COVID-19 vaccine raises business confidence – AGI

CEO of AGI, Seth Twum-Akwaboah,

...but hopes rest on massive rollout

Businesses could return to normalcy by the middle of the year but only if a large number of the population could be vaccinated against the COVID-19 pandemic, the Association of Ghana Industries (AGI), has said.

AGI’s Chief Executive Officer, Seth Twum Akwaboah said general business confidence had been down since the second quarter of last year but is beginning to improve as the country continues to rollout the COVID-19 vaccines. He expects the vaccination to help reduce the anxiety and uncertainty brought upon by the pandemic and gradually bring business back to life.

“I do expect business confidence to increase because if you track our business barometer as of the beginning of last year, confidence was really high but in the second quarter, it started dropping and it was largely attributed to the COVID-19 situation and therefore, if we are able to find a solution such that the situation is brought to normal and our lives return to normal, then confidence levels naturally will go up again.  So, we really expect business confidence levels to go up as we are vaccinating,” he told the B&FT in Accra.

In the third quarter of 2020, when the latest economic growth figures were released by Ghana Statistical Service, industry contracted -5.1 percent, largely due to the impact of the pandemic which caused a general tightening of the economy.

The vaccination exercise is therefore expected to bring back confidence, the Association said, adding that this is, however, dependent on whether the government can procure more vaccines to ensure a large number of Ghanaians get vaccinated against the virus.

So far, the government has begun rolling out 600,000 COVAX vaccines, which are part of an initial tranche of deliveries of the AstraZeneca/Oxford vaccine licensed to the Serum Institute of India, which represent part of the first wave of COVID-19 vaccines for several low and middle-income countries.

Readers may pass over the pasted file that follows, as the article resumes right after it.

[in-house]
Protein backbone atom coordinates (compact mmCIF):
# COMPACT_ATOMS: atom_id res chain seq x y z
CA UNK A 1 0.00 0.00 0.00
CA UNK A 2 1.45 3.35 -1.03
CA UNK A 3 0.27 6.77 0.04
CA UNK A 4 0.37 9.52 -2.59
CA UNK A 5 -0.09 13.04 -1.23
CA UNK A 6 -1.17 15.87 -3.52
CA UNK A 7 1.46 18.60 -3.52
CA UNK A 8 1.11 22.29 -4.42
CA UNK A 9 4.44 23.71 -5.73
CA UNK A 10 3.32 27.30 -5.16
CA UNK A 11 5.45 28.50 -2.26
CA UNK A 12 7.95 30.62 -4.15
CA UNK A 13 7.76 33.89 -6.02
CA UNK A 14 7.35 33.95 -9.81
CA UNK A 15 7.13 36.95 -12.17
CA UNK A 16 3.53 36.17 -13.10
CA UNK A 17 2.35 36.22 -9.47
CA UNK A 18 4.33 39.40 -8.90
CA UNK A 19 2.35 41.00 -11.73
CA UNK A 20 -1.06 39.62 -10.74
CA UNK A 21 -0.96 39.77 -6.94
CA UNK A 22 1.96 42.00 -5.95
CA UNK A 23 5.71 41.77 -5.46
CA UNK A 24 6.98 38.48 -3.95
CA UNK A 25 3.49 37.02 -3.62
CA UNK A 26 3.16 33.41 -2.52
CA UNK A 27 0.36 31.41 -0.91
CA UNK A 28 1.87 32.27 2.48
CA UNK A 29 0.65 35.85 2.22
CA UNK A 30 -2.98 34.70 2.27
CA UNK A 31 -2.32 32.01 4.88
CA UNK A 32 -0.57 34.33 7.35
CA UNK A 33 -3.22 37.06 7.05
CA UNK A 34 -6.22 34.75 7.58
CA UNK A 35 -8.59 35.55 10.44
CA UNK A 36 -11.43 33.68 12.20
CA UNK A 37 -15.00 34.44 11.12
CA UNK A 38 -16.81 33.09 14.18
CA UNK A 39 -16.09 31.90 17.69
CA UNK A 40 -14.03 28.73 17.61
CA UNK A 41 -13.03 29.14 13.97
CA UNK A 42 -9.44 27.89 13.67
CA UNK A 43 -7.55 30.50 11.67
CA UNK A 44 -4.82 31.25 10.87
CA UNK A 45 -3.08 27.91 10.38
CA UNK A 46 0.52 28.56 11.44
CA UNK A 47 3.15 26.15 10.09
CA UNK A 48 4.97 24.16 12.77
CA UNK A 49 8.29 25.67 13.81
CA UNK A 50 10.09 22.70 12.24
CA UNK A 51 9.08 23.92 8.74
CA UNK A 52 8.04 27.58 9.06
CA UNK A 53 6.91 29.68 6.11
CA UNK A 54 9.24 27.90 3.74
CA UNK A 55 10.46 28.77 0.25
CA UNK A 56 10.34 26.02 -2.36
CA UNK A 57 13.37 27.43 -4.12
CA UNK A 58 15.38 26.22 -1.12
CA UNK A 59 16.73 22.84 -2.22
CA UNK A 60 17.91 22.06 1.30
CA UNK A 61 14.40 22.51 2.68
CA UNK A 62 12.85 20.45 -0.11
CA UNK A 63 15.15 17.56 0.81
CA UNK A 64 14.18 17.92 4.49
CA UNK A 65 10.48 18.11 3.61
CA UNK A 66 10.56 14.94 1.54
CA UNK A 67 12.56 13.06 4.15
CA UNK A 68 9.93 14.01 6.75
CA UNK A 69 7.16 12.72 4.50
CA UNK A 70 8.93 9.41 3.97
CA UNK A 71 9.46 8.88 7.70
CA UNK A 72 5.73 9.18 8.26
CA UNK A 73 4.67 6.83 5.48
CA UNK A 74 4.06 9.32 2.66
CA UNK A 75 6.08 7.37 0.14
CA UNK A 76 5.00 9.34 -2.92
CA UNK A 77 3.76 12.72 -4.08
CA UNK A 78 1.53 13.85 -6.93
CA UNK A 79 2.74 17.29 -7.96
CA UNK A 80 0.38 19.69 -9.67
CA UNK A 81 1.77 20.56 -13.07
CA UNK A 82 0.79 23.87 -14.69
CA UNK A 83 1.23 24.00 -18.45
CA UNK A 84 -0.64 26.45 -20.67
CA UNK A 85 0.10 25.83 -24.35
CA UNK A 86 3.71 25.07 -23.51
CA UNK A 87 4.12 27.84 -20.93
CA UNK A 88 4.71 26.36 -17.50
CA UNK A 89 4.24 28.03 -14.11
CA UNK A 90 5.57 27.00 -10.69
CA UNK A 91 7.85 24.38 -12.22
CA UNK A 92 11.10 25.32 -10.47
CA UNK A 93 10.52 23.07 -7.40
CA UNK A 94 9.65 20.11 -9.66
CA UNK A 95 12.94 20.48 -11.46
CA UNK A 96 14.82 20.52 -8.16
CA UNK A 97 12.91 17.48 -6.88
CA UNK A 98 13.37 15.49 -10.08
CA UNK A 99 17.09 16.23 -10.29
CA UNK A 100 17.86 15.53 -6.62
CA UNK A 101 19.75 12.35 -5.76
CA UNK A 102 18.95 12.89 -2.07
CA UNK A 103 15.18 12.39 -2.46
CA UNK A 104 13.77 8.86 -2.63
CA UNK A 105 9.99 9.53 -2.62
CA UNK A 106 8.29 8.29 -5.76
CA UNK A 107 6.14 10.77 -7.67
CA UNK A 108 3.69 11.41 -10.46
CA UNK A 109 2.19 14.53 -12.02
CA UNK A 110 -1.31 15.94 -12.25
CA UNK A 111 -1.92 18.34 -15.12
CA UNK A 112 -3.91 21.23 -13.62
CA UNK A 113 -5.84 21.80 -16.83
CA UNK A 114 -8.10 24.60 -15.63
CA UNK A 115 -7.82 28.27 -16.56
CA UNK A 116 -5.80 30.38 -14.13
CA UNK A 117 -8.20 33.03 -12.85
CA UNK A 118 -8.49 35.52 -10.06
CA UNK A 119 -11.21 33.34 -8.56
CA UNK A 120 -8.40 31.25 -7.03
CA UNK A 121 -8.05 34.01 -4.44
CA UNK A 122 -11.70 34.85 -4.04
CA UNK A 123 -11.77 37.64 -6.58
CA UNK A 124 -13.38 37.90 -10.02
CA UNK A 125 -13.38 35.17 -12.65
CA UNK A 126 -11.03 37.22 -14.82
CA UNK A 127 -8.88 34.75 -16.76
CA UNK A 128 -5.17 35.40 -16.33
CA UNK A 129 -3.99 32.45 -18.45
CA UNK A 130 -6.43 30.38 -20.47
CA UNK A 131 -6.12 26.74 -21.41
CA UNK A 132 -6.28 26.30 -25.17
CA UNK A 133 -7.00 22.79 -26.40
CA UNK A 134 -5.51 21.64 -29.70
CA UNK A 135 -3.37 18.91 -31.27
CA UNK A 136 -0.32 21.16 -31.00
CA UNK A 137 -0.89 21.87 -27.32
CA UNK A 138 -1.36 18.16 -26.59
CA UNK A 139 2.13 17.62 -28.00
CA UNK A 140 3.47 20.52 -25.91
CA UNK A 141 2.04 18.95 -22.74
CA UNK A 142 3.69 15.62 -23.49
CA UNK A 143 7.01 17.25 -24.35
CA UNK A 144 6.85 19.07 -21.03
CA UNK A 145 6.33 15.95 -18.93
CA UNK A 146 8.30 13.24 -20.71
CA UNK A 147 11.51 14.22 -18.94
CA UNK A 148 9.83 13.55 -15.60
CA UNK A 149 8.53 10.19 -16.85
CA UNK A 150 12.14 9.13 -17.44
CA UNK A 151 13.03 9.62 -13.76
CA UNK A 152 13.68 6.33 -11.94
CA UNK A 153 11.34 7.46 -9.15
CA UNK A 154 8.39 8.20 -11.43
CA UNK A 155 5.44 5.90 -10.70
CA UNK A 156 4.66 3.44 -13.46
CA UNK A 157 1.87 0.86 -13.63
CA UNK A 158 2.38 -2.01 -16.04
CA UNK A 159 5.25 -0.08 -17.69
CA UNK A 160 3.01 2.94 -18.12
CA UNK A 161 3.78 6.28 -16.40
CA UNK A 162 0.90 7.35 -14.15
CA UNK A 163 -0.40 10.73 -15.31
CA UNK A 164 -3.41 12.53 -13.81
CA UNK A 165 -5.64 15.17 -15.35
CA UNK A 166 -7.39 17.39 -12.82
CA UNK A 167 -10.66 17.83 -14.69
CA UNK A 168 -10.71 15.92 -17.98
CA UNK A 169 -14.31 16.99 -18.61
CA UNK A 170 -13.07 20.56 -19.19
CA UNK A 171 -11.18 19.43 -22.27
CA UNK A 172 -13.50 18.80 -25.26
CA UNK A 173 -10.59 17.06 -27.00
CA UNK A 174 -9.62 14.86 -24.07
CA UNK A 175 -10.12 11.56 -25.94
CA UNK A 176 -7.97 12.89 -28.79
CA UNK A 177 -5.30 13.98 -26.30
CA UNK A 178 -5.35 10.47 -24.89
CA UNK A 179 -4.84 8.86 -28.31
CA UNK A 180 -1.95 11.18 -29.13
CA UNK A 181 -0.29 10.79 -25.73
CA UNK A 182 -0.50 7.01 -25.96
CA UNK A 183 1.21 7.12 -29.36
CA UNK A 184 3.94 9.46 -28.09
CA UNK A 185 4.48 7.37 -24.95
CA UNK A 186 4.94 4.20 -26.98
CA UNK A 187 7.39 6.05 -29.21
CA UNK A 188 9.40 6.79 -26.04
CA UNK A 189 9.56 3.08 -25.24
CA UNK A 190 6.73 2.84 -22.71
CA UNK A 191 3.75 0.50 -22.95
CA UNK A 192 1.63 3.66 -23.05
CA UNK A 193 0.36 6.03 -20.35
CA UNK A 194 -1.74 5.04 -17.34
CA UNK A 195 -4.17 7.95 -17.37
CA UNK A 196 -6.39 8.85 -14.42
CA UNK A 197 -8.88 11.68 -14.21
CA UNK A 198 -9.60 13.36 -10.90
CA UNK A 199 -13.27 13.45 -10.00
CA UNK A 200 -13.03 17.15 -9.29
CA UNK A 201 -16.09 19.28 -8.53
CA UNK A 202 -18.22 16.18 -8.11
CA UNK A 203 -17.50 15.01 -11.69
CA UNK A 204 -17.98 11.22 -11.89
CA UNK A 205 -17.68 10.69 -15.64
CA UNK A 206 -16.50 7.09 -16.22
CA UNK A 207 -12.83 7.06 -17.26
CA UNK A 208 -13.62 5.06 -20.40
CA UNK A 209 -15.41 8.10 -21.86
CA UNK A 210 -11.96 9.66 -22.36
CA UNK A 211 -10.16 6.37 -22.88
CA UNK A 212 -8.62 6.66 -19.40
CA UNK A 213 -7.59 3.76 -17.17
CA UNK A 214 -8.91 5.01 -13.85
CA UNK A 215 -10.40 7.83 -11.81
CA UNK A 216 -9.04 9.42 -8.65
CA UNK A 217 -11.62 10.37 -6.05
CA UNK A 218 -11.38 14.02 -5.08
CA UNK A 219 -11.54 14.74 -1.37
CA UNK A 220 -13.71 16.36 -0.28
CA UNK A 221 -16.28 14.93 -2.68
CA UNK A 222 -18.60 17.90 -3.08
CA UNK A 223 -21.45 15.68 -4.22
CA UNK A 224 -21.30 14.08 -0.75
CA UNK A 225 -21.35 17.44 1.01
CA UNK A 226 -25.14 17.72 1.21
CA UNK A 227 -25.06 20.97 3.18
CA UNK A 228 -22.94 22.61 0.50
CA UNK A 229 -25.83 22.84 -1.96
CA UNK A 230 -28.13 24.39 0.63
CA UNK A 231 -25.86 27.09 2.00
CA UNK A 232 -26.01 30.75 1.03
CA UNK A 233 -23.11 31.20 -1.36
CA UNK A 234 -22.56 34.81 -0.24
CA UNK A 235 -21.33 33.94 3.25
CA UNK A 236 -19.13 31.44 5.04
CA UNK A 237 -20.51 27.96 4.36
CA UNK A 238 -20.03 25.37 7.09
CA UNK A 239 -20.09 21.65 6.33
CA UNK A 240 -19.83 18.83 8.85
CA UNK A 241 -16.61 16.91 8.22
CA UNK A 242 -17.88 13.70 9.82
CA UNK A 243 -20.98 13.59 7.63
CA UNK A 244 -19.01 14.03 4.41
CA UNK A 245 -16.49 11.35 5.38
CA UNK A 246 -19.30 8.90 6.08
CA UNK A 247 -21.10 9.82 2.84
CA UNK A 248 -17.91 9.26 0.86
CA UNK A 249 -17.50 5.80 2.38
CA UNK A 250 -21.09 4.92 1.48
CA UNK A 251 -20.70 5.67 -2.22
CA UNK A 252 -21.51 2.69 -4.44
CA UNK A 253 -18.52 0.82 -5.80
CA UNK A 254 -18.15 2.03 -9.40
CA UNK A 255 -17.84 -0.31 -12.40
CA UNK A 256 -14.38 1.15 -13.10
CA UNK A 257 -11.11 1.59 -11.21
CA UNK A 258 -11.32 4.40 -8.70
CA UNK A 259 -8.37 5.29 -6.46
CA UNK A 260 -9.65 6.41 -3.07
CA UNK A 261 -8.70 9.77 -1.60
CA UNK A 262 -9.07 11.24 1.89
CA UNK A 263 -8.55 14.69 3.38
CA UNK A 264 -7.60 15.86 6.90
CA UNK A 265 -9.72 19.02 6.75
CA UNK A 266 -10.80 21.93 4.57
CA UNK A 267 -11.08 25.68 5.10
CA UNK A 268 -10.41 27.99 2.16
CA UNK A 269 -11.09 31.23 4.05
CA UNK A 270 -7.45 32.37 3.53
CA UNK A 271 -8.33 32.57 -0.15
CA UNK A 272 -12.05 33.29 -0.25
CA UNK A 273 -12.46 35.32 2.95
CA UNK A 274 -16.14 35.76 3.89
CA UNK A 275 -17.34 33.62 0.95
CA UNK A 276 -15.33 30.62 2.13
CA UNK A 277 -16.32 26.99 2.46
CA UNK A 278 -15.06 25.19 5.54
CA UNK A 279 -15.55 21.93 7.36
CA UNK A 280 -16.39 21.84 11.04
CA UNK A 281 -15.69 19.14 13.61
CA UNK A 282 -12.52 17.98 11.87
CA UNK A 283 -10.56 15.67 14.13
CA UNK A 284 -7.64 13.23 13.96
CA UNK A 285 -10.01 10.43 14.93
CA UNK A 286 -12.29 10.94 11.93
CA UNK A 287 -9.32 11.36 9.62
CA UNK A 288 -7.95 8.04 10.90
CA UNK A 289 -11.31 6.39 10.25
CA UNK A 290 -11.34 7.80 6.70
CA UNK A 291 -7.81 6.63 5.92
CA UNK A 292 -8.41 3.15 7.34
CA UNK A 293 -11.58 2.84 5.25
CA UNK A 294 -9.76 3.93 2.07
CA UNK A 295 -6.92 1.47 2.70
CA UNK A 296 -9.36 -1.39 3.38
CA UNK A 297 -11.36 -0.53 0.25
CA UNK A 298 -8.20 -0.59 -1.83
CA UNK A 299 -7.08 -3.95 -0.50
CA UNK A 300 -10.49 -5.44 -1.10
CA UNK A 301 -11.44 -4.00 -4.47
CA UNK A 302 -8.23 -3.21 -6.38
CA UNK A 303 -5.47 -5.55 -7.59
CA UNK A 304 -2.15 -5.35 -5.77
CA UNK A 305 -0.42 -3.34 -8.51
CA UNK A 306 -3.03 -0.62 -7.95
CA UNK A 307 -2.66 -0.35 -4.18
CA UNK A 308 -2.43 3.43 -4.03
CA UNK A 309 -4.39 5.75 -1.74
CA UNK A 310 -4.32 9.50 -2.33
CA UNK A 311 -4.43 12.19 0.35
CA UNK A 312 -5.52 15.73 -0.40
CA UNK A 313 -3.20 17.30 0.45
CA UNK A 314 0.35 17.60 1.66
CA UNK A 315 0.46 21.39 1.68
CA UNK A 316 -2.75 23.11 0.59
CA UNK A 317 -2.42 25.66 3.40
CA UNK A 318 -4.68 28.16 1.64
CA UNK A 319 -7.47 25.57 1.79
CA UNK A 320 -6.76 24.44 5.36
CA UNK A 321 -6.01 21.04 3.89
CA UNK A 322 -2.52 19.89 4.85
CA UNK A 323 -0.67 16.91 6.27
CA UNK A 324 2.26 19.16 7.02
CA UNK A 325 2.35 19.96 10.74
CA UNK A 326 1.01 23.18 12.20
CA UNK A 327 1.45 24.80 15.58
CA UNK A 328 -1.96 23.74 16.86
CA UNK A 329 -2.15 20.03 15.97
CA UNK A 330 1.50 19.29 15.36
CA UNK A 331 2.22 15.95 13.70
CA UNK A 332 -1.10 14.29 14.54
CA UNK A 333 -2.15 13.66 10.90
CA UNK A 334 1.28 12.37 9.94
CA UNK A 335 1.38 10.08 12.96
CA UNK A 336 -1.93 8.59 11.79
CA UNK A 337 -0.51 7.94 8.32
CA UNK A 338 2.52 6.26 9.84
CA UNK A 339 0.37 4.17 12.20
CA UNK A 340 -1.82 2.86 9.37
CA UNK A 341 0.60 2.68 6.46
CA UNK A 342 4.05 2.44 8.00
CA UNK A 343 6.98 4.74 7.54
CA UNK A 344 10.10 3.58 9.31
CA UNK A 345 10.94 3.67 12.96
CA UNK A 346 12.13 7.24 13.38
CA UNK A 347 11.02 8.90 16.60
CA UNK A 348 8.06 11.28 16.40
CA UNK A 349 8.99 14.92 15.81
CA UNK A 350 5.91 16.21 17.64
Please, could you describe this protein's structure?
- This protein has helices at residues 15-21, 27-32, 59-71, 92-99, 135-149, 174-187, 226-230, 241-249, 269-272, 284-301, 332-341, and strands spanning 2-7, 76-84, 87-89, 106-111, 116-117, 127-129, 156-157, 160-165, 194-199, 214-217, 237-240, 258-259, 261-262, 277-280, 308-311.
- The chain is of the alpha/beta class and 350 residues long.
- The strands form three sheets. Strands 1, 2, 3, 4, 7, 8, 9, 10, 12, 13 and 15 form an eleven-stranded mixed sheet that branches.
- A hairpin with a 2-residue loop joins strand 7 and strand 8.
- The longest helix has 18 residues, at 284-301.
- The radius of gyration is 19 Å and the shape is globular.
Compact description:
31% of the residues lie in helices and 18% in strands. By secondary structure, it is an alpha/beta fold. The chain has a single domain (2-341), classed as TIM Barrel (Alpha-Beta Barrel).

To effectively protect majority of Ghanaians against the virus, the government needs to secure vaccines close to half of the country’s over 30 million estimated population.

“I think that by the middle of the year, when we would have had a large number of people vaccinated, we will see a good number of industries going back to normal activities because if you take the entertainment, tourism and manufacturing sectors, they have all been heavily affected by the pandemic, so it will help a great deal,” Mr. Akwaboah added.

Since the outbreak of the virus in the country in March 2020, exactly a year ago, he said it has affected a lot of businesses and demand for a large number of goods and services, adding that: “This has been hampering business growth and development.”

As of March 16, 2021 more than 88,228 Ghanaians had contracted the virus, with 698 lives lost, according to Ghana Health Service. “We will encourage everybody to get vaccinated so that we can move away from the fear and anxiety to enable us see a significant improvement in the business environment,” he admonished.

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